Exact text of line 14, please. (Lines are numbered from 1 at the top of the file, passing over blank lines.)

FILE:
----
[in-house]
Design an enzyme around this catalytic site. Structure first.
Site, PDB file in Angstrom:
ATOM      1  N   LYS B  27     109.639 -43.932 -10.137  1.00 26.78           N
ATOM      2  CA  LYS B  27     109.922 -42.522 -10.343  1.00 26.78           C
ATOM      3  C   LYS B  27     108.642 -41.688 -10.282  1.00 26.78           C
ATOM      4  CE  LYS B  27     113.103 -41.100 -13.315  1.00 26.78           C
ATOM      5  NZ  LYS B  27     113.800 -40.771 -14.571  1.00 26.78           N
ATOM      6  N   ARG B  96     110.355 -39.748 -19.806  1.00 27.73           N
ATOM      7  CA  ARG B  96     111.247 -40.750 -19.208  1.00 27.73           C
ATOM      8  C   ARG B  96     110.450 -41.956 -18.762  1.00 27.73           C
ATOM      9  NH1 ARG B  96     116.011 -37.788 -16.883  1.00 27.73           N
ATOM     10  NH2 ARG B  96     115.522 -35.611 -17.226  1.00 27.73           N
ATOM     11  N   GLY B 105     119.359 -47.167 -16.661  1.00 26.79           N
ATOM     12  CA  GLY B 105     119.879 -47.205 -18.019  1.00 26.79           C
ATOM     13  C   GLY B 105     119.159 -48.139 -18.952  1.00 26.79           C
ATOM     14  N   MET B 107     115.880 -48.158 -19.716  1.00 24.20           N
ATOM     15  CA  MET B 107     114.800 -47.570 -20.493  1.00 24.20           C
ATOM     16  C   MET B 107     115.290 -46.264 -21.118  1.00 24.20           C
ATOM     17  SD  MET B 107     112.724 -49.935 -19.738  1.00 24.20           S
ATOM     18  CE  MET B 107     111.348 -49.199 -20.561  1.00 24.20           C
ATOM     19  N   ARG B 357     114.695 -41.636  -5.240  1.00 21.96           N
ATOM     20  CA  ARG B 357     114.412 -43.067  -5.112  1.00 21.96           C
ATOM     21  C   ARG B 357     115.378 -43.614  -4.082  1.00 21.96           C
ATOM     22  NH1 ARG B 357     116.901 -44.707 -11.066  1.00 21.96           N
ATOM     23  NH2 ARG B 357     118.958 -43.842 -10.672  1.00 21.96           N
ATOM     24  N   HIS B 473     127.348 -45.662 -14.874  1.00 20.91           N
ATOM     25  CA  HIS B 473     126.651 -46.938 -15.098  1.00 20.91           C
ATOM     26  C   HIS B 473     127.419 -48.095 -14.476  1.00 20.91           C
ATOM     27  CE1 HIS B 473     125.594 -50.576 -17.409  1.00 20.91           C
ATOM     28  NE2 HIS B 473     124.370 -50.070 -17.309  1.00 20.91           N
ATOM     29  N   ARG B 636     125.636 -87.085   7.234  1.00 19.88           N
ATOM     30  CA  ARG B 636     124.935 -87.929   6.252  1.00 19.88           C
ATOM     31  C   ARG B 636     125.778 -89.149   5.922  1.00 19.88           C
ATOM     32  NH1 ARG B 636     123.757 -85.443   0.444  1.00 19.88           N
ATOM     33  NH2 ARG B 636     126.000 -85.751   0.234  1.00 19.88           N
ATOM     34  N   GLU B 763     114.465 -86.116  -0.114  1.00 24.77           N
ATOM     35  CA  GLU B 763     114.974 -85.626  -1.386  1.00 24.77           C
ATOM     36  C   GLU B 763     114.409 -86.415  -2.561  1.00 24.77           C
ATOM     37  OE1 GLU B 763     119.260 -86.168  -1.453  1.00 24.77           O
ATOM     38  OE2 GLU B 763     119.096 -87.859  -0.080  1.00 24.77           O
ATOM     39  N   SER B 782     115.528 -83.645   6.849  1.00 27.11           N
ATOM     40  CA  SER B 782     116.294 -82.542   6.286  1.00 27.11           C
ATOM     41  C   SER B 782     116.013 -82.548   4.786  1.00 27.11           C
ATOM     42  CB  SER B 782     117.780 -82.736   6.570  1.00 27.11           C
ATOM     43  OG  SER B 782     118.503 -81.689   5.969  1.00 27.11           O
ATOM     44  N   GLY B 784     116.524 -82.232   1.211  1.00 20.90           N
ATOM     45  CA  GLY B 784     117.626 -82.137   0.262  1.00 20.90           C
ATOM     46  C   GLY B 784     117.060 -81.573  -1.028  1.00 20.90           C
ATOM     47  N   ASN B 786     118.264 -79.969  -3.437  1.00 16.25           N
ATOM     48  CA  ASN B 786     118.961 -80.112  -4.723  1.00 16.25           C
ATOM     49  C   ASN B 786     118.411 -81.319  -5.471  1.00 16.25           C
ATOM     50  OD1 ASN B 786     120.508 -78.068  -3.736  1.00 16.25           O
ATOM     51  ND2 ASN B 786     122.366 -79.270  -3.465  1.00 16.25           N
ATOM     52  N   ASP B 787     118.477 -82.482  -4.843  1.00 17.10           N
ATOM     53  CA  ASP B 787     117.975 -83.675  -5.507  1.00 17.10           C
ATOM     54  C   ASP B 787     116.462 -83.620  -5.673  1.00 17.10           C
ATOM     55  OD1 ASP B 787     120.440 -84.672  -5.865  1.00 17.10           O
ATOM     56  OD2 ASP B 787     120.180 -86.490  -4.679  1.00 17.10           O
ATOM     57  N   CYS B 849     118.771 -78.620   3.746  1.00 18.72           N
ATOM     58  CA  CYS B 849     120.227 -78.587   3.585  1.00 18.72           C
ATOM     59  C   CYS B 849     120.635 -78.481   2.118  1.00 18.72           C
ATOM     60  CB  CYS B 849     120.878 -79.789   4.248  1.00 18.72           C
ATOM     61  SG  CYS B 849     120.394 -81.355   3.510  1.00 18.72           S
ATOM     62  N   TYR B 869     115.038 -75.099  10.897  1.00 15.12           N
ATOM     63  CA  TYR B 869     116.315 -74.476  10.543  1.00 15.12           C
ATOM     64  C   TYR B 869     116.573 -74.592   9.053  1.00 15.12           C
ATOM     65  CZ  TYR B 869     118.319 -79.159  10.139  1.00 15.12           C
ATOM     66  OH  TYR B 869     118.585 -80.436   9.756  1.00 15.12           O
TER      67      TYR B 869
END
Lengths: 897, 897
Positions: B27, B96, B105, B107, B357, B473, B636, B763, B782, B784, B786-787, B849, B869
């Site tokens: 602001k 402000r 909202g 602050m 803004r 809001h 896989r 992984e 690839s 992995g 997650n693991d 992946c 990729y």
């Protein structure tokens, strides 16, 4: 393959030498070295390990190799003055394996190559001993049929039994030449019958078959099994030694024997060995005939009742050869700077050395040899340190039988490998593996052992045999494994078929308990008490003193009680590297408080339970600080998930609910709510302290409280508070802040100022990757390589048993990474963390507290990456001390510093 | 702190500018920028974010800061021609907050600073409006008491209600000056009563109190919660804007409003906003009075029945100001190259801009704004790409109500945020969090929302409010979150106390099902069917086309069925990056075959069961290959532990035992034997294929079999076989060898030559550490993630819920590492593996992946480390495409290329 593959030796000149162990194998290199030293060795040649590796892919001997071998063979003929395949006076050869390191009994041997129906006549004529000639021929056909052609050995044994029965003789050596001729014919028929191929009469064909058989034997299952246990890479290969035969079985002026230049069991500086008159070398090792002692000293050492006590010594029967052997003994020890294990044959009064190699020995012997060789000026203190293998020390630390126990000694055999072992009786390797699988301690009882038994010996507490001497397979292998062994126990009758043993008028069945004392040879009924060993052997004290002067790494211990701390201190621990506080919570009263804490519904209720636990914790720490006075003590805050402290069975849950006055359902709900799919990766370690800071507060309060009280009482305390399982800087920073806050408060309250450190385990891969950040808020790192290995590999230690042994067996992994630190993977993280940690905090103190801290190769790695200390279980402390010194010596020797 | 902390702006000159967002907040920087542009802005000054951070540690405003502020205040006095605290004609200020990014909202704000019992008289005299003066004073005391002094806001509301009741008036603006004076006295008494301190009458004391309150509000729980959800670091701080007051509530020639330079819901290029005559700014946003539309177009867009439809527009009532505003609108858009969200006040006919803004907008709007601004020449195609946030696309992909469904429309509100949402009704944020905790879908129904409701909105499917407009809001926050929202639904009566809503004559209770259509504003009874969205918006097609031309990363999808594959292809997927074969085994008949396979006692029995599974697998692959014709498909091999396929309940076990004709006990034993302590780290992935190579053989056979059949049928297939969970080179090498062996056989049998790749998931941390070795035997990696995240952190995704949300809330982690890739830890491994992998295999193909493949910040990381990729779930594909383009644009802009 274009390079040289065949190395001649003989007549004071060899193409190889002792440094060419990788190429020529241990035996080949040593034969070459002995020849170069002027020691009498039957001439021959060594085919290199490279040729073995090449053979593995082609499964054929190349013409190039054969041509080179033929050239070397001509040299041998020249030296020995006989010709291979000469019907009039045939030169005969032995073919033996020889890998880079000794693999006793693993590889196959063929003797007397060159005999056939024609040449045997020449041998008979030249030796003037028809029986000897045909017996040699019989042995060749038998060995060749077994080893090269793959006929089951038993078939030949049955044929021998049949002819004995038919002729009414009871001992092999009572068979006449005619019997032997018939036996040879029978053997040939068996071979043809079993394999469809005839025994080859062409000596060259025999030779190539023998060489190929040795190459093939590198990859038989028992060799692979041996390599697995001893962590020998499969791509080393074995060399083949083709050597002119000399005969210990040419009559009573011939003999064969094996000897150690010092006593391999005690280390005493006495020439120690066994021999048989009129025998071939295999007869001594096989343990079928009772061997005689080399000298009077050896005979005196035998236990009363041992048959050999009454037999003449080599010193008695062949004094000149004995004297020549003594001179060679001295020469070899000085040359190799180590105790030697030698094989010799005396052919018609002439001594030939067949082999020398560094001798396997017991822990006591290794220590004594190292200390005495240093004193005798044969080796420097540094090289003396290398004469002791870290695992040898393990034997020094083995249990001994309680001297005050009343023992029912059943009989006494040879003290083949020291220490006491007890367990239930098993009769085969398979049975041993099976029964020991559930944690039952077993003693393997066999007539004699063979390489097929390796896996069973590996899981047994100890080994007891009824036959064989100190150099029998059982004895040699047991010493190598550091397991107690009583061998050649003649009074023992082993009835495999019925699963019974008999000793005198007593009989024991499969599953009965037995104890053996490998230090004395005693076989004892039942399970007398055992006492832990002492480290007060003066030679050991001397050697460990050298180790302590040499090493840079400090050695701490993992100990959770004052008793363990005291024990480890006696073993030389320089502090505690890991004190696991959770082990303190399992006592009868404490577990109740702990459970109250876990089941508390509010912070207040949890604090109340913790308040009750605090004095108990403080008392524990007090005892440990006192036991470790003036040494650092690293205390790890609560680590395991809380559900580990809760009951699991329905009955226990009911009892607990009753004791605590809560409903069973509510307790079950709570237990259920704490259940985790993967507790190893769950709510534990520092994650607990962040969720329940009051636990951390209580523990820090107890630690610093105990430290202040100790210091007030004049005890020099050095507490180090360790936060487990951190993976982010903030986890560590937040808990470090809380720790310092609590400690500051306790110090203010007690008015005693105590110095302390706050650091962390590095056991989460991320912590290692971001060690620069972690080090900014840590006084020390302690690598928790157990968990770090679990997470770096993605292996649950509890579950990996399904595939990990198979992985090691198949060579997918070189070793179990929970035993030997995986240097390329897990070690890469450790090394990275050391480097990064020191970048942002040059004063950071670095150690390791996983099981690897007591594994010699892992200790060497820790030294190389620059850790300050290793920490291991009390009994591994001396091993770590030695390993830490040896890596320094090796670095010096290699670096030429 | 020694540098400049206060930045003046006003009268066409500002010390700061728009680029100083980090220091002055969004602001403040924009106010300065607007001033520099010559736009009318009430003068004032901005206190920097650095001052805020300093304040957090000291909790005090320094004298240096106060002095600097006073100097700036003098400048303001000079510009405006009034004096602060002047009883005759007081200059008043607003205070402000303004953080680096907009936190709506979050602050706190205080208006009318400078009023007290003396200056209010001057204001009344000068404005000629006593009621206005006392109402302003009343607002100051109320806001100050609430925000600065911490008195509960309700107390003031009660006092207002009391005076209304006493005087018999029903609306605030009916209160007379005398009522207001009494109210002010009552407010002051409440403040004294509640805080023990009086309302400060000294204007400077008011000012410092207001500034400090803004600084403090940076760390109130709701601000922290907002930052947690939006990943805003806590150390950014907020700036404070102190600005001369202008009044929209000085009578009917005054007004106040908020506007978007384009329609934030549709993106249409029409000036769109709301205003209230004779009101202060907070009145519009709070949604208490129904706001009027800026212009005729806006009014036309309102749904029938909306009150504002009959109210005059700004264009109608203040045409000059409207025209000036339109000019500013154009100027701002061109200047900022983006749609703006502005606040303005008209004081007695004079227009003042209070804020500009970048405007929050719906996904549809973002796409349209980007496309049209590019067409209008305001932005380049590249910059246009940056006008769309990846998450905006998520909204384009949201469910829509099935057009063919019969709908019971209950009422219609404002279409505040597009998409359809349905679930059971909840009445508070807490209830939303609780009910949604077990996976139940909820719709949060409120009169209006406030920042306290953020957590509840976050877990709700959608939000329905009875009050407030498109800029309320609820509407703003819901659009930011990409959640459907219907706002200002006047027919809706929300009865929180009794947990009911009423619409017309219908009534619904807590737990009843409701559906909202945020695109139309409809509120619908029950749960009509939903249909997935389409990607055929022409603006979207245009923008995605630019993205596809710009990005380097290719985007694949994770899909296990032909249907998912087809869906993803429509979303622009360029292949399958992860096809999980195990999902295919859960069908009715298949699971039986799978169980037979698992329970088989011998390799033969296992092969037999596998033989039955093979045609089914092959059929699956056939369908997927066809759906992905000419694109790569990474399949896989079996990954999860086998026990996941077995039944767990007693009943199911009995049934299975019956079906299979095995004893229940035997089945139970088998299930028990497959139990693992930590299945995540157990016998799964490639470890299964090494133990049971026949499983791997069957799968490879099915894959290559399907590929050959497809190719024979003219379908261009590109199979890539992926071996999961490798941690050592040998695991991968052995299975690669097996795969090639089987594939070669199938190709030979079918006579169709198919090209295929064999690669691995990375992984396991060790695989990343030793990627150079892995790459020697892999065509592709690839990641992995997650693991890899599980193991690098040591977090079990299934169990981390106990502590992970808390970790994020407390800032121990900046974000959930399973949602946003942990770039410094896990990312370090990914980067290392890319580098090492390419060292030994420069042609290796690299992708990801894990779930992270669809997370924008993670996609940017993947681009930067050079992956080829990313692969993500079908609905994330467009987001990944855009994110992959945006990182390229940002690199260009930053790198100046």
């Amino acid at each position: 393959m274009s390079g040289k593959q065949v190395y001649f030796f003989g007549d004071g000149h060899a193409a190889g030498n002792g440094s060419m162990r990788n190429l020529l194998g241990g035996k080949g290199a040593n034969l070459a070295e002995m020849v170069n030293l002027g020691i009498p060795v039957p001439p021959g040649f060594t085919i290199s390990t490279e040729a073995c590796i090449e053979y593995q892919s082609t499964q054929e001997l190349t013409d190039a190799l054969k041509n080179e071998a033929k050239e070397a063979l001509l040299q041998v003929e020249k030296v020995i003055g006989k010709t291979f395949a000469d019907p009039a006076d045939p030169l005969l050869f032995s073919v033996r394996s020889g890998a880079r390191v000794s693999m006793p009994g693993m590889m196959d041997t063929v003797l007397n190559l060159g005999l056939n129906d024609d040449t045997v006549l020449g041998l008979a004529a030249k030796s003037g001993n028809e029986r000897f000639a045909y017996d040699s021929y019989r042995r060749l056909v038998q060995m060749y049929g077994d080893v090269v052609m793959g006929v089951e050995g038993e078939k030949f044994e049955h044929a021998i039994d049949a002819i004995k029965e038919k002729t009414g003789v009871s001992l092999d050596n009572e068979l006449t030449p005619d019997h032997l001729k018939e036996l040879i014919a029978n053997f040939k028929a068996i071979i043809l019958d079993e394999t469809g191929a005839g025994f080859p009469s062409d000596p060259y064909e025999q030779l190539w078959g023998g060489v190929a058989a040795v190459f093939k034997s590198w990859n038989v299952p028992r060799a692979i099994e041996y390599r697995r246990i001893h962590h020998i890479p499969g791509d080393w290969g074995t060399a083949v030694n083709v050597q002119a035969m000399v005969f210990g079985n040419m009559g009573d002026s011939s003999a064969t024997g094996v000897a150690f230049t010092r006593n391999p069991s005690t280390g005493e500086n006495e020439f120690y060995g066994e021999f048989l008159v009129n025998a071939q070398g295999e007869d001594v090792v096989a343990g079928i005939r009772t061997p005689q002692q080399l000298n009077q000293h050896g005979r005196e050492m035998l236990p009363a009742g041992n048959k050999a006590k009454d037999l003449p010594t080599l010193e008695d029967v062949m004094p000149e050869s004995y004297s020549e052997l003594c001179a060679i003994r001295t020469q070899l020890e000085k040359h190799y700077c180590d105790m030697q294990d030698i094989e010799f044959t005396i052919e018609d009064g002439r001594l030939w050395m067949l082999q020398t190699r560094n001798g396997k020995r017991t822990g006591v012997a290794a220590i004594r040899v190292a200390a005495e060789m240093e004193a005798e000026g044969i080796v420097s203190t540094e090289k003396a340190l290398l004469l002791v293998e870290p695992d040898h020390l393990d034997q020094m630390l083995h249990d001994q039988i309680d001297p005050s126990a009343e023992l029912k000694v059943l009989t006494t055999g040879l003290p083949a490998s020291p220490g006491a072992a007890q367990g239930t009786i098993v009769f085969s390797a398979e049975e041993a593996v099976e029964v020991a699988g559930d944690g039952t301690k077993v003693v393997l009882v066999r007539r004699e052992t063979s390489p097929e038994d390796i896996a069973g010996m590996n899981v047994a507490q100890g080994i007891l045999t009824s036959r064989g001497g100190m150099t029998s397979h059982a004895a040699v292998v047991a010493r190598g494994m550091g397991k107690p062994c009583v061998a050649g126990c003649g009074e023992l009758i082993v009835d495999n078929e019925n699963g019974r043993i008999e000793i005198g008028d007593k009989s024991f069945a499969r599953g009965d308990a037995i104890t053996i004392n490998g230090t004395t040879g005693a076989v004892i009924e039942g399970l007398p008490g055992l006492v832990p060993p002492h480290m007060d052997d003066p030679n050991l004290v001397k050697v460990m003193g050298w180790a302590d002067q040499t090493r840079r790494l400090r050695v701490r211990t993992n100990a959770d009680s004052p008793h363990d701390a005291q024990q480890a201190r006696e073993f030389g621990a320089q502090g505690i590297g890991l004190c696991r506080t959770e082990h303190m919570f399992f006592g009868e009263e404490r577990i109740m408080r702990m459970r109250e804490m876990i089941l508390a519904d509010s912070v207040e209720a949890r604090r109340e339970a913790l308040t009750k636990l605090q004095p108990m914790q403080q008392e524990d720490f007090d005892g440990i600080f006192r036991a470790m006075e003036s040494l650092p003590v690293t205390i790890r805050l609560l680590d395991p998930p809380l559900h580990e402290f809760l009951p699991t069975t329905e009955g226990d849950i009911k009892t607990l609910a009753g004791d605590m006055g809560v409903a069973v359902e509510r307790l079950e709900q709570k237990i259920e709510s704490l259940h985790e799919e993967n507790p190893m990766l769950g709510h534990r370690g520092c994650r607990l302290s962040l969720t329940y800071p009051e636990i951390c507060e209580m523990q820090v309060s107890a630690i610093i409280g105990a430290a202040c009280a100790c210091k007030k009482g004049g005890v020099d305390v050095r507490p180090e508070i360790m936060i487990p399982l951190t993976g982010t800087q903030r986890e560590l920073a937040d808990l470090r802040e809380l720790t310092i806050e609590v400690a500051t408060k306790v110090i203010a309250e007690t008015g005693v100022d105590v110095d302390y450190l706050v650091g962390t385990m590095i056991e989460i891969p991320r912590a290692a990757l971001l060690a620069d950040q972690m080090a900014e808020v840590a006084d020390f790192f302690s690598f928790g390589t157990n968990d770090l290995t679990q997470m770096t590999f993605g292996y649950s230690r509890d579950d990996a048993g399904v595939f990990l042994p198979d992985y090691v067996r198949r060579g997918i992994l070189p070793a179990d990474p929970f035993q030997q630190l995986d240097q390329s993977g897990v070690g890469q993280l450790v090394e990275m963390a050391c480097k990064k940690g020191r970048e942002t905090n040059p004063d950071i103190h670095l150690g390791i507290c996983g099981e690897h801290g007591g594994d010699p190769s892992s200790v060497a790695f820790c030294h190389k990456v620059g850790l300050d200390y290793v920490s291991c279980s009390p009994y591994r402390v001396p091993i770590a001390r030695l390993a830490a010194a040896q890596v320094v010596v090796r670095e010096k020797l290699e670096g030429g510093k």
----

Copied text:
ATOM     11  N   GLY B 105     119.359 -47.167 -16.661  1.00 26.79           N